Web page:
This problem is often more difficult to fix, as all on page assets such as images, video, scripts, and style sheets create these loops.
It’s easy for e-commerce websites to get out of control with these types of assets, after all, your average e-commerce website usually requires many third party tools to run smoothly (Shipping, fulfillment, marketing etc). It’s also common that over time this issue becomes exaggerated as things get tacked onto the platform.
Careful design and development planning can help combat these issues by prioritizing doing more with less from the get go. Regular audits of the websites performance should be made over time to ensure that these things are in line and the website is as lean as possible.
You Need To Optimize Your Website For Browsing
Your average users typically have their attention split across multiple channels at any given time. Many users may be in transit, such as a car, train, or plane. Or sitting on their couch with the TV in the background unwinding from a long day.
Phones are often a source of people’s entertainment, but not the sole focus. This often creates a passive mindset to purchasing, which naturally drives down average mobile conversion rates.
Since they’re interested, but not necessarily ready to buy, we need to prioritize the creation of user experiences that allow customers interest to peek, and facilitate a longer buying process.
Most mobile websites default to a single column view of products. This optimizes the size of the products thumbnail photo, but diminishes the ability to quickly browse through various products. For many clients we’ve found that displaying products in two columns rather that one actually increase average session durations overall for our customers.
If you have a product that can work as a smaller thumbnail, take advantage of the devices screen space and reduce the size of the thumbnails to get more products in front of your customer per scroll.
Also, keeping within the mindset of an in transit potential customer, the ability for customers to save their orders easily and effectively is critical. They may find a few items they like on their initial pass through but won’t have the time or availability to make the purchase on the spot.
A persistent cart, and even better yet, an e-mail notification for cart abandonment can go a long way for catching this customer when they do have the availability to make their purchase.
“Tactile Response” is a fancy way of saying: Every action has a reaction.
In e-commerce, tactile response ensures that users are being rewarded for their actions on the website. It also has been proven to improve order accuracy. Tactile response is especially important when it comes to interacting with the checkout process.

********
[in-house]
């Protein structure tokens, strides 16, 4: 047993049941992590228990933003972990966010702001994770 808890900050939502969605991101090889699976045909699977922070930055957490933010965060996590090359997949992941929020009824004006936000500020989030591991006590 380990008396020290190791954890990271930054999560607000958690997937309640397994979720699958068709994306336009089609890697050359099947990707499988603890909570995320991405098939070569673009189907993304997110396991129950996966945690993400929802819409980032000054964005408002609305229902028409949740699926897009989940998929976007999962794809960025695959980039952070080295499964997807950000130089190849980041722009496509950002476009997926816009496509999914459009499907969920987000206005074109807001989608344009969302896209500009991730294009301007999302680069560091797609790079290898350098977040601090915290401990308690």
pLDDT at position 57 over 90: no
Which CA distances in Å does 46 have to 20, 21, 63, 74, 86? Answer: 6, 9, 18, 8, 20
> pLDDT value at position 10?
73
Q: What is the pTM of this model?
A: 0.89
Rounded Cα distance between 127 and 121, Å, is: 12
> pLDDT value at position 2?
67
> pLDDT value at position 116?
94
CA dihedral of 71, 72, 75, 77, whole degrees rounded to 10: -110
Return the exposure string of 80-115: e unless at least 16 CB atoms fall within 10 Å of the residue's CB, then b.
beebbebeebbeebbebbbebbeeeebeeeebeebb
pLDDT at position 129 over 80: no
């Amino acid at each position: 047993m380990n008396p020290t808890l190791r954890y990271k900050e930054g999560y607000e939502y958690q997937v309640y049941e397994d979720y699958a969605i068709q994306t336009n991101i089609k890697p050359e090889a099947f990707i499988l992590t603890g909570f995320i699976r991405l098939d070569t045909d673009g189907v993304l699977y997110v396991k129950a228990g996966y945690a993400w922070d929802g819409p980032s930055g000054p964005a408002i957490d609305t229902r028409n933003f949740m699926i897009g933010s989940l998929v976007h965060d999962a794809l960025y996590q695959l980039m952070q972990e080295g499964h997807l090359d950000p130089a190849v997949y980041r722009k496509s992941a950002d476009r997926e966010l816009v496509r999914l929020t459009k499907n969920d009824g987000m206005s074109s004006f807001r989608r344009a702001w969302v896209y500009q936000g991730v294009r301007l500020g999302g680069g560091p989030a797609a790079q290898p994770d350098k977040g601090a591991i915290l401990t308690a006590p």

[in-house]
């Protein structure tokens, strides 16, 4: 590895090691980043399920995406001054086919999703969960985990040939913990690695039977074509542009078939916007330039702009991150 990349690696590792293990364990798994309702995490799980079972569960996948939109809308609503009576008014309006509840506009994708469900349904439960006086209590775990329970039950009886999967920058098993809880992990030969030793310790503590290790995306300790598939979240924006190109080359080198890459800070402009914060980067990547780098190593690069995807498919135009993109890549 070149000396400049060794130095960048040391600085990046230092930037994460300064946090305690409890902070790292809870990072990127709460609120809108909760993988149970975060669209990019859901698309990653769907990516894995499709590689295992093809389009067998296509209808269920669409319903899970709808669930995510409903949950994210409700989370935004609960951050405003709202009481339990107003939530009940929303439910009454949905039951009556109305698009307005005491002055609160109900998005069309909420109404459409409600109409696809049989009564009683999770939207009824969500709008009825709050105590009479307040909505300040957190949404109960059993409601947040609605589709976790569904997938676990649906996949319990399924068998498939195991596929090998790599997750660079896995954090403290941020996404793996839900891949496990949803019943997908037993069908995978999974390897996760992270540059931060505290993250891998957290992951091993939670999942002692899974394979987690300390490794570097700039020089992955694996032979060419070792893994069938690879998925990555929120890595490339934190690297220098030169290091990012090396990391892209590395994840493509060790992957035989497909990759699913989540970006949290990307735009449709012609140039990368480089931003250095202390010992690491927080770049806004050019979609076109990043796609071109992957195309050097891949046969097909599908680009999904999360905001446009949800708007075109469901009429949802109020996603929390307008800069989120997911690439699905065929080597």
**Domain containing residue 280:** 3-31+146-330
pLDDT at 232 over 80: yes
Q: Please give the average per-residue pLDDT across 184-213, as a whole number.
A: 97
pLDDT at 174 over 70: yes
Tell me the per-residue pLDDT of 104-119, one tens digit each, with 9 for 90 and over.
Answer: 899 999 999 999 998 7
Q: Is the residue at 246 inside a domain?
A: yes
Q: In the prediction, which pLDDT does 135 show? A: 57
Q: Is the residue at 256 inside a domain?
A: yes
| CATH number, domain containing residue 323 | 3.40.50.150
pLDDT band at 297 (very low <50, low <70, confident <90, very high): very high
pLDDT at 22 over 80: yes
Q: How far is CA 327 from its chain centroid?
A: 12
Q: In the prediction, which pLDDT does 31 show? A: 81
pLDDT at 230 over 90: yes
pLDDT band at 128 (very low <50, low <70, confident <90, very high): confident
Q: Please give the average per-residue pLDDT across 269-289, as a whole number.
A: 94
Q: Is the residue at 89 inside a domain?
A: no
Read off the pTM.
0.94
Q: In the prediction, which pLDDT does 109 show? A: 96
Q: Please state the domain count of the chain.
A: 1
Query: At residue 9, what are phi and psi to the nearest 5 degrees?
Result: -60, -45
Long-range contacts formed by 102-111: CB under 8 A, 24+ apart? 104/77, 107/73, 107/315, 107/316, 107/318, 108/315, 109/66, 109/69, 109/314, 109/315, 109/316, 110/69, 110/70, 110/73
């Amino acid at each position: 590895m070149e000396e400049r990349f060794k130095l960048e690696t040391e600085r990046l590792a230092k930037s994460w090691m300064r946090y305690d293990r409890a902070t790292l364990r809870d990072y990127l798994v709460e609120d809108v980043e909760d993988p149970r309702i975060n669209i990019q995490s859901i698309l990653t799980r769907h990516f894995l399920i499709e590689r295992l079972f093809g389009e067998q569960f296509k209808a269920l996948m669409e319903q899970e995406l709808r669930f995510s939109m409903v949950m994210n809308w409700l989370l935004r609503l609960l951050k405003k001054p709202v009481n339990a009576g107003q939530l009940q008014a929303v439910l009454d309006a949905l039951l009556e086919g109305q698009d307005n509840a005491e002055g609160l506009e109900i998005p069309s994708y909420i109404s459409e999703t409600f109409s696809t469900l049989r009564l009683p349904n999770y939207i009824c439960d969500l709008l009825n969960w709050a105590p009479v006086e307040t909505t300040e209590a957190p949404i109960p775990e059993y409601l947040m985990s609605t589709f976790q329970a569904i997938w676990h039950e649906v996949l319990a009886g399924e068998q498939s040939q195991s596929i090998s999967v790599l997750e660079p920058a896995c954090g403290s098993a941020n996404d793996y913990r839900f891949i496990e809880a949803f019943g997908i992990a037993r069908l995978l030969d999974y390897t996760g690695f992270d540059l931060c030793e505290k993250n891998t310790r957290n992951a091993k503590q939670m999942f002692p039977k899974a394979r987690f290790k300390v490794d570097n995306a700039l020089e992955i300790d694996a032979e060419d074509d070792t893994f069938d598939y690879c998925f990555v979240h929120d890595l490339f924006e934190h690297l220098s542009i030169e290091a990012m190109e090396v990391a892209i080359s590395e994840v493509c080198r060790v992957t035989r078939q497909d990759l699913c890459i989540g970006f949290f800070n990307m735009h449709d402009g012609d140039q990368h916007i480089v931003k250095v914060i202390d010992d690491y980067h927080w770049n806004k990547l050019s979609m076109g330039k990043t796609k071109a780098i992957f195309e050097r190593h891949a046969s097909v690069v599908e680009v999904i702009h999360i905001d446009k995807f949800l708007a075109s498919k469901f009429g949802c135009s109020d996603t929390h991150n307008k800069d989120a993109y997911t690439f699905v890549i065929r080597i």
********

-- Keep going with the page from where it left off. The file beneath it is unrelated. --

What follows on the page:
If someone adds something to their cart, they need an obvious visual cue to ensure that product has been added successfully.
If someone completes form fields, their should be visual indicators that those fields are valid. Lastly, if someone submits their order, there should be clear indication that order has been received.
This approach is important for all modes of shopping (traditional, tablet, and mobile) but we find it even more important for increasing average mobile conversions because we’re dealing with an ecosystem that’s limited by poor connectivity.
Sometimes an action might fail due to network connection dropping momentarily, strong tactile cues make it clear for the user when that happens, and if they should try to submit their order again.
In the last 10 years many improvements have been made to improve how e-commerce platforms perform. Modern templating systems, such as Liquid, which was created by Shopify provide structural advantages to online stores and improve their benchmarks.
If your store was built >5 years ago, it’s most likely worthwhile to consider a re-build. A cleanly built website on a modern platform will most likely have dramatic performance improvements over a legacy system.
Since page speed is such a huge factor in buying decisions, this alone could create a solid increase in conversion rates for your store.
Desktop and tablet experiences still out perform average mobile conversion rates by double or greater. There are a number of limiting factors surrounding technology which inhibit the full potential of smartphone conversion rates.
However, there are a number of fundamental issues with e-commerce platforms today that can be corrected to improve average mobile conversion rates on smartphones. With smart planning, and diligence, issues with website performance should be a non-factor.
Understanding how, and when customers use their smartphones to shop is also key to raising conversion rates.
In its fifth year of business, Huemor continues to grow as an award-winning web design and development agency whose work sells, persuades, and inspires.
This article is by Jeff Gapinski from huemor.rocks.